Gaddafi's former banker Bashir Saleh seen in South Africa


A bullet-ridden mosaic of Gaddafi is seen on the wall of a building in August 2011 in Tripoli, Libya. Gaddafi amassed billions. What will happen to them now that he's gone?


Daniel Berehulak

Bashir Saleh used to work for slain Libyan leader Muammar Gaddafi, earning the nickname "Gaddafi's banker" for his help the brutal dictator manage his money.

Saleh survived the revolution that lead to the downfall and death of Gaddafi. Because of his close ties to the late leader, Saleh is currently on the Interpol's most wanted list. However, that hasn't stopped him from taking what appears to be a pretty nice vacation.

South Africa's Sunday Times newspaper reported that Saleh is traveling freely in South Africa. His stops included a celebration hosted by none other than the ruling African National Congress (ANC), suggesting that he's not particularly afraid of running into any politicians.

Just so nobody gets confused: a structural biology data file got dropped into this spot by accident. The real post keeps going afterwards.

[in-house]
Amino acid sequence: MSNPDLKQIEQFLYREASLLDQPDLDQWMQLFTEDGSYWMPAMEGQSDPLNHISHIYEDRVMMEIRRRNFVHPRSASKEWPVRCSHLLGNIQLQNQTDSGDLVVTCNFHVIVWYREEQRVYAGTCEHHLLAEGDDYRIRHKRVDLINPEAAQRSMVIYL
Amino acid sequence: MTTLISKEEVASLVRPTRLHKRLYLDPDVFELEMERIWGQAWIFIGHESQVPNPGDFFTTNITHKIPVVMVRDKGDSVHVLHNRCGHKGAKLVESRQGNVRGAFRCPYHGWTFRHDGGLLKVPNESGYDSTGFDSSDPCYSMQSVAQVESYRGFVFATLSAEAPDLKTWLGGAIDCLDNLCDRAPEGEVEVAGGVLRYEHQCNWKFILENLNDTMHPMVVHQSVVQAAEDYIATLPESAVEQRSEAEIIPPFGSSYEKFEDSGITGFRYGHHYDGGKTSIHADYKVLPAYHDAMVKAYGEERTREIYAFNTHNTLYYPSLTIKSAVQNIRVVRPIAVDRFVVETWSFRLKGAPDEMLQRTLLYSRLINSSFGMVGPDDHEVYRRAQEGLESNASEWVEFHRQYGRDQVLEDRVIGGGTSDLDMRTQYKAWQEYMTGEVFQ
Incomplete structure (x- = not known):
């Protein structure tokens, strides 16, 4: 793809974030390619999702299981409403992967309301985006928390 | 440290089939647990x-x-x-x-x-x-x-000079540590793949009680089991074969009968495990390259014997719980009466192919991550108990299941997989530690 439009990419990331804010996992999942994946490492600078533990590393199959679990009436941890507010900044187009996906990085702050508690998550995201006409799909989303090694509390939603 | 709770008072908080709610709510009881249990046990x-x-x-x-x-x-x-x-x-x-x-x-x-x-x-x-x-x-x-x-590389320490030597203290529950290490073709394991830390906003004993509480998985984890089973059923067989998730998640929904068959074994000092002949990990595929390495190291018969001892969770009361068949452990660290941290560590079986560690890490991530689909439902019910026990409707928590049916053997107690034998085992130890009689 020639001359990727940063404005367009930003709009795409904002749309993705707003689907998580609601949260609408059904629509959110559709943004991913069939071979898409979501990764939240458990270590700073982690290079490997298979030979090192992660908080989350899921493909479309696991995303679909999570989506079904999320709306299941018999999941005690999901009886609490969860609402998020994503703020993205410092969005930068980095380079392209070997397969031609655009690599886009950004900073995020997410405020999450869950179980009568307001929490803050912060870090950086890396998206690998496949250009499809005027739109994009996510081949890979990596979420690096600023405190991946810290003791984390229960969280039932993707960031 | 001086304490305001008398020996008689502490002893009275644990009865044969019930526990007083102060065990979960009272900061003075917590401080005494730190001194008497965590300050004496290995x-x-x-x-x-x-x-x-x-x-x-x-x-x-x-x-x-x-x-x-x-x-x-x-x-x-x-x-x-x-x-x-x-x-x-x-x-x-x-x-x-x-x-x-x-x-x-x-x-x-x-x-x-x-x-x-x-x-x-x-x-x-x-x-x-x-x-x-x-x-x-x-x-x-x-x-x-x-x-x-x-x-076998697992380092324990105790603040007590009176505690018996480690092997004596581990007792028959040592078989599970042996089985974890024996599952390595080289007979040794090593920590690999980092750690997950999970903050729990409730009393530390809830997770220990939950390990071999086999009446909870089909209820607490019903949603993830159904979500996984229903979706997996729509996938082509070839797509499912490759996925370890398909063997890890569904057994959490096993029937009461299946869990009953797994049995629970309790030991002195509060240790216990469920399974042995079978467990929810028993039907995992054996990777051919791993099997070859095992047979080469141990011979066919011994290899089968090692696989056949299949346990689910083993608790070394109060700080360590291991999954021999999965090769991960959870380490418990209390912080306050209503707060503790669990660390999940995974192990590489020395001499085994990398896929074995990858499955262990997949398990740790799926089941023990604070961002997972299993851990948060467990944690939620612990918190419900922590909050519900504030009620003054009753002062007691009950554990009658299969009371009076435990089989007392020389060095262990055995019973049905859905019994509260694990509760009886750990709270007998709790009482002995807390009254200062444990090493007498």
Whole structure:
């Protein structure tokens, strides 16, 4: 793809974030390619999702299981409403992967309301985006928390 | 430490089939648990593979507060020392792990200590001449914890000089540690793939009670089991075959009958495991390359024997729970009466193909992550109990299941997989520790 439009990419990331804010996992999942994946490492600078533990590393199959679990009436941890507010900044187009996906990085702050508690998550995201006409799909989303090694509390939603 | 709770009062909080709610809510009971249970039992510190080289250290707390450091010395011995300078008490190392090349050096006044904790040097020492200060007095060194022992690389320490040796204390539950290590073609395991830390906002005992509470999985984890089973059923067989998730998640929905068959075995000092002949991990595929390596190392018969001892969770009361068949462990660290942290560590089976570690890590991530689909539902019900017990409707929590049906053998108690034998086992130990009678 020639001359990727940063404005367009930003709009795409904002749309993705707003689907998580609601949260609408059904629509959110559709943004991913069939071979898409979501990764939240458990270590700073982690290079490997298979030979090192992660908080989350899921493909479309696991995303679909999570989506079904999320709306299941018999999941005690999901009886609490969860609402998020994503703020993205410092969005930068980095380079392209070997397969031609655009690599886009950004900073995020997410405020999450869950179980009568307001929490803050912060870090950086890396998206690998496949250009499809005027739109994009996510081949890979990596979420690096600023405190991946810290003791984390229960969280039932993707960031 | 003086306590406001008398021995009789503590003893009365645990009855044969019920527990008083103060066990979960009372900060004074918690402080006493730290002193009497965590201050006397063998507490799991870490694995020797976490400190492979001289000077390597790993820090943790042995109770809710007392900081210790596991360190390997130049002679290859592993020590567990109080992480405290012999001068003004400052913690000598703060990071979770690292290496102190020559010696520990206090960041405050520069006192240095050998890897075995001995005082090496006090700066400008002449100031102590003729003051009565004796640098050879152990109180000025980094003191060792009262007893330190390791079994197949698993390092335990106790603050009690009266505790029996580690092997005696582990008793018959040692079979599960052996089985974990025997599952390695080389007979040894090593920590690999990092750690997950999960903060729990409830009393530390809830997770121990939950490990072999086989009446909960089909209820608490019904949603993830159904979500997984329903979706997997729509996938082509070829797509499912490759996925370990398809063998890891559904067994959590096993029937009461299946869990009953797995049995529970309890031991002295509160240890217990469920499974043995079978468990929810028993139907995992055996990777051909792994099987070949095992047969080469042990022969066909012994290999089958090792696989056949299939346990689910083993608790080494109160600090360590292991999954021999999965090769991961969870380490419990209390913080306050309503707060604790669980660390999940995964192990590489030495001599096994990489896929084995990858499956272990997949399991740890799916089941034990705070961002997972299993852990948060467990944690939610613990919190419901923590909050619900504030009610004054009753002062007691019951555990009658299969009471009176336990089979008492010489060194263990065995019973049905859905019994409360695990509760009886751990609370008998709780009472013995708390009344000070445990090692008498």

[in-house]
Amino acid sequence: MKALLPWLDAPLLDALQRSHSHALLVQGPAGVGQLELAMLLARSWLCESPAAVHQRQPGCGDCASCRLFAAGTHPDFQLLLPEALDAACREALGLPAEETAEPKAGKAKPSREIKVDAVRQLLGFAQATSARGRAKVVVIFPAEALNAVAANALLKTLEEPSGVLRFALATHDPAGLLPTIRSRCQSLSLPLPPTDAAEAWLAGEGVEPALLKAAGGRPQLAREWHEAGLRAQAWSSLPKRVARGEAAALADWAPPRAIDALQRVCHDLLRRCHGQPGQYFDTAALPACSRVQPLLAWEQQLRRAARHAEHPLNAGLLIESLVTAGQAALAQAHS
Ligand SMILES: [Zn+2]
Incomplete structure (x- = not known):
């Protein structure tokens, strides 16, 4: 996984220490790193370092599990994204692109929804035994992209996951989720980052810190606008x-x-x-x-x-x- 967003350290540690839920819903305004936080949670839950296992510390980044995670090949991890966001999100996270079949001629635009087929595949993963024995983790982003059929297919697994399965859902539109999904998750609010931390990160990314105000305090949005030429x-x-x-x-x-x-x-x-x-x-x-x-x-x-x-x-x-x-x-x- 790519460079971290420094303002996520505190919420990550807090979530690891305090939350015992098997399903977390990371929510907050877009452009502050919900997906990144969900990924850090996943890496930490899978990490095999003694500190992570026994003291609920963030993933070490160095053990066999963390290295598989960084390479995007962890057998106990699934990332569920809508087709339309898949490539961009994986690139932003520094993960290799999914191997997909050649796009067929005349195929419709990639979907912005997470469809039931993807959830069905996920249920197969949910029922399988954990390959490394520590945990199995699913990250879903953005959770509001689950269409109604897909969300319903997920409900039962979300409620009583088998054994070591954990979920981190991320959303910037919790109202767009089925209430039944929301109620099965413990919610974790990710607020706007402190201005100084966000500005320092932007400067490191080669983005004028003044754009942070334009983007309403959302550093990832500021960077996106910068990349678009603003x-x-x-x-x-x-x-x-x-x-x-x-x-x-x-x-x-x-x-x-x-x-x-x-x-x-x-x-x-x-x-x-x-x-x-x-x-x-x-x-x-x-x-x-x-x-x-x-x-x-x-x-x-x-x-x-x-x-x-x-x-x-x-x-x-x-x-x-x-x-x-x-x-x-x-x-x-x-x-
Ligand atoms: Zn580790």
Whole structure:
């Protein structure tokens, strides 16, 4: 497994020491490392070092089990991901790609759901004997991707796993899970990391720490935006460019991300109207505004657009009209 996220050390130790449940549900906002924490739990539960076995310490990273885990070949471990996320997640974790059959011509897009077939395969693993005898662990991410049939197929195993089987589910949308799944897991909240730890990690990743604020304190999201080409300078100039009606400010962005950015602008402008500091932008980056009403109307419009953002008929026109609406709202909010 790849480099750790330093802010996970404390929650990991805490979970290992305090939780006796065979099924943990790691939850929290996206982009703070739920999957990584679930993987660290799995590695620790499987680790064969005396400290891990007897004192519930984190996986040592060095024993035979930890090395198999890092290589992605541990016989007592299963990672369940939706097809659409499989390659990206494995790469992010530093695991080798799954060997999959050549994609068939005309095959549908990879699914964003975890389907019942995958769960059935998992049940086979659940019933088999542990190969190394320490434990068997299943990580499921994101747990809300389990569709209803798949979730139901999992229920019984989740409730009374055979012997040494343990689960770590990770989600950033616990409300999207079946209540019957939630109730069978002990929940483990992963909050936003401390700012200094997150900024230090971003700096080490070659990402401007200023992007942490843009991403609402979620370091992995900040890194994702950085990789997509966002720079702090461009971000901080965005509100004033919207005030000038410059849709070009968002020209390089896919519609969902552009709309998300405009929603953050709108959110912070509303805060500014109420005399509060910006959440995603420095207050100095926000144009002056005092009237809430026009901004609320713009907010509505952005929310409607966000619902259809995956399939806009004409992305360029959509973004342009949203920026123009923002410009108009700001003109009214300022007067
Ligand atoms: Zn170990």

The paper also reported that Libyan investigators found evidence of more than $1 billion worth of cash and other goods that once belonged to Gaddafi, now being housed in South African banks and security companies. 

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South Africa's shadow police minister, Dianne Kohler Barnard, reacted with anger and embarrassment to the report.

"What is he doing strolling in and out of our country when he's on the most-wanted list?," she told the Guardian. "If we had any crime intelligence at all, they would know who this was and arrest him on the spot."

Barnard suspects that Saleh must have a friend in a high-powered government position who is protecting him from that fate.

Since the Sunday Times report was published, South Africa's Treasury has promised to look into the allegations.

In a statement to Reuters, a Treasury spokesman added: "There was a group that approached Treasury claiming to represent the Libyan government and we are in the process of verifying their claims about assets that are in South Africa."